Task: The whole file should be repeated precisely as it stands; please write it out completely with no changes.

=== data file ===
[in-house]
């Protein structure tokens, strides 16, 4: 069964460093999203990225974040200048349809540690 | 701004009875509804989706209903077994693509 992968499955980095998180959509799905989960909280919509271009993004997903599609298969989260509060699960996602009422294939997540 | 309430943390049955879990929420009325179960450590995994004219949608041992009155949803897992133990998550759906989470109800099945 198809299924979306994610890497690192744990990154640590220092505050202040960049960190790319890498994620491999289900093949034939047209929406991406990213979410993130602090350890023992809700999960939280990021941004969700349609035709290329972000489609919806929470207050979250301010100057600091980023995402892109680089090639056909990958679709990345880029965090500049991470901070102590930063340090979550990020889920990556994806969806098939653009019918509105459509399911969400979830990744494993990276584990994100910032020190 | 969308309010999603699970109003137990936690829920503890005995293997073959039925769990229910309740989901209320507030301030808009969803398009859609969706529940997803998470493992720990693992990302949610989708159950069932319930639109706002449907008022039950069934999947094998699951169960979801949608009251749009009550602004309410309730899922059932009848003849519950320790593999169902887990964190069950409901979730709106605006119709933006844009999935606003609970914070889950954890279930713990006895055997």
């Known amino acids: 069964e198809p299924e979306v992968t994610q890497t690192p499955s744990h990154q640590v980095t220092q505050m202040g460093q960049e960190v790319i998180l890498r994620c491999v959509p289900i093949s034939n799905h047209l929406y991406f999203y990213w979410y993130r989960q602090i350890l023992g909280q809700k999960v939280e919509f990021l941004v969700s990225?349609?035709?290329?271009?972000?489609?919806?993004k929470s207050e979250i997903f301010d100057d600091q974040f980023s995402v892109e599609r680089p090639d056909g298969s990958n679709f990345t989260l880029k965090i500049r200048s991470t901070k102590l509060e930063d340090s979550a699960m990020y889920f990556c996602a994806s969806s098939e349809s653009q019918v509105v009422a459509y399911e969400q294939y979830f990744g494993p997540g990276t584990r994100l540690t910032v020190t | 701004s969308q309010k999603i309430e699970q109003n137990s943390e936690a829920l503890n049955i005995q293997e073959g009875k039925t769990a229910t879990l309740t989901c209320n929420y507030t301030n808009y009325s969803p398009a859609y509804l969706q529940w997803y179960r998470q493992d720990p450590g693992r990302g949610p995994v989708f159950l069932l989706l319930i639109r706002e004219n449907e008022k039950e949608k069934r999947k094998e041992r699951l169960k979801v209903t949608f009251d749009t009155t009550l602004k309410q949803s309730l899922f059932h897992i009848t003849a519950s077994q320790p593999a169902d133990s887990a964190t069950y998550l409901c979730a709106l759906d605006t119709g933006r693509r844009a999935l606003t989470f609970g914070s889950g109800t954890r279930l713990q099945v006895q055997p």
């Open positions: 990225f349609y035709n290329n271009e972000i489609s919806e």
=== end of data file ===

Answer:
[in-house]
């Protein structure tokens, strides 16, 4: 069964460093999203990225974040200048349809540690 | 701004009875509804989706209903077994693509 992968499955980095998180959509799905989960909280919509271009993004997903599609298969989260509060699960996602009422294939997540 | 309430943390049955879990929420009325179960450590995994004219949608041992009155949803897992133990998550759906989470109800099945 198809299924979306994610890497690192744990990154640590220092505050202040960049960190790319890498994620491999289900093949034939047209929406991406990213979410993130602090350890023992809700999960939280990021941004969700349609035709290329972000489609919806929470207050979250301010100057600091980023995402892109680089090639056909990958679709990345880029965090500049991470901070102590930063340090979550990020889920990556994806969806098939653009019918509105459509399911969400979830990744494993990276584990994100910032020190 | 969308309010999603699970109003137990936690829920503890005995293997073959039925769990229910309740989901209320507030301030808009969803398009859609969706529940997803998470493992720990693992990302949610989708159950069932319930639109706002449907008022039950069934999947094998699951169960979801949608009251749009009550602004309410309730899922059932009848003849519950320790593999169902887990964190069950409901979730709106605006119709933006844009999935606003609970914070889950954890279930713990006895055997």
């Known amino acids: 069964e198809p299924e979306v992968t994610q890497t690192p499955s744990h990154q640590v980095t220092q505050m202040g460093q960049e960190v790319i998180l890498r994620c491999v959509p289900i093949s034939n799905h047209l929406y991406f999203y990213w979410y993130r989960q602090i350890l023992g909280q809700k999960v939280e919509f990021l941004v969700s990225?349609?035709?290329?271009?972000?489609?919806?993004k929470s207050e979250i997903f301010d100057d600091q974040f980023s995402v892109e599609r680089p090639d056909g298969s990958n679709f990345t989260l880029k965090i500049r200048s991470t901070k102590l509060e930063d340090s979550a699960m990020y889920f990556c996602a994806s969806s098939e349809s653009q019918v509105v009422a459509y399911e969400q294939y979830f990744g494993p997540g990276t584990r994100l540690t910032v020190t | 701004s969308q309010k999603i309430e699970q109003n137990s943390e936690a829920l503890n049955i005995q293997e073959g009875k039925t769990a229910t879990l309740t989901c209320n929420y507030t301030n808009y009325s969803p398009a859609y509804l969706q529940w997803y179960r998470q493992d720990p450590g693992r990302g949610p995994v989708f159950l069932l989706l319930i639109r706002e004219n449907e008022k039950e949608k069934r999947k094998e041992r699951l169960k979801v209903t949608f009251d749009t009155t009550l602004k309410q949803s309730l899922f059932h897992i009848t003849a519950s077994q320790p593999a169902d133990s887990a964190t069950y998550l409901c979730a709106l759906d605006t119709g933006r693509r844009a999935l606003t989470f609970g914070s889950g109800t954890r279930l713990q099945v006895q055997p």
């Open positions: 990225f349609y035709n290329n271009e972000i489609s919806e």